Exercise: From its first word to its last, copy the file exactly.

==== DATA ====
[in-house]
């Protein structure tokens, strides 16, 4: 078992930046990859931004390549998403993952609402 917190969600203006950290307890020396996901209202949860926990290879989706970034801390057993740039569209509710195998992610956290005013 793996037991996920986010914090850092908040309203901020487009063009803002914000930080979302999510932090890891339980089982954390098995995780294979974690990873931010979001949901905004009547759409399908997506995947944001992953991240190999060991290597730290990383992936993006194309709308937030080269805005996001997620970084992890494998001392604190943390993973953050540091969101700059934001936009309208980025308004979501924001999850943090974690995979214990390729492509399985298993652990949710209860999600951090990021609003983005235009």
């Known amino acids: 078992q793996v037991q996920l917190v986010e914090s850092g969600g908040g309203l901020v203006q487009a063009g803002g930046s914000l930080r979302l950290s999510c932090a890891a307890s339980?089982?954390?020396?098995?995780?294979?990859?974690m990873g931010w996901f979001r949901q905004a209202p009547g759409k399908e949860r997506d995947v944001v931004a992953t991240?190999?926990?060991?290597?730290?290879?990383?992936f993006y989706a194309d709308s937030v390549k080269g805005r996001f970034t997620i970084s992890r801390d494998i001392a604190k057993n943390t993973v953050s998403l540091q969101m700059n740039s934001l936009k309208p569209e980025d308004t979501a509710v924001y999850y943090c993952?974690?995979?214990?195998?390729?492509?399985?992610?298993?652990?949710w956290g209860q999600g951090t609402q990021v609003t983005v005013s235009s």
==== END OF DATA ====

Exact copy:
[in-house]
């Protein structure tokens, strides 16, 4: 078992930046990859931004390549998403993952609402 917190969600203006950290307890020396996901209202949860926990290879989706970034801390057993740039569209509710195998992610956290005013 793996037991996920986010914090850092908040309203901020487009063009803002914000930080979302999510932090890891339980089982954390098995995780294979974690990873931010979001949901905004009547759409399908997506995947944001992953991240190999060991290597730290990383992936993006194309709308937030080269805005996001997620970084992890494998001392604190943390993973953050540091969101700059934001936009309208980025308004979501924001999850943090974690995979214990390729492509399985298993652990949710209860999600951090990021609003983005235009």
């Known amino acids: 078992q793996v037991q996920l917190v986010e914090s850092g969600g908040g309203l901020v203006q487009a063009g803002g930046s914000l930080r979302l950290s999510c932090a890891a307890s339980?089982?954390?020396?098995?995780?294979?990859?974690m990873g931010w996901f979001r949901q905004a209202p009547g759409k399908e949860r997506d995947v944001v931004a992953t991240?190999?926990?060991?290597?730290?290879?990383?992936f993006y989706a194309d709308s937030v390549k080269g805005r996001f970034t997620i970084s992890r801390d494998i001392a604190k057993n943390t993973v953050s998403l540091q969101m700059n740039s934001l936009k309208p569209e980025d308004t979501a509710v924001y999850y943090c993952?974690?995979?214990?195998?390729?492509?399985?992610?298993?652990?949710w956290g209860q999600g951090t609402q990021v609003t983005v005013s235009s």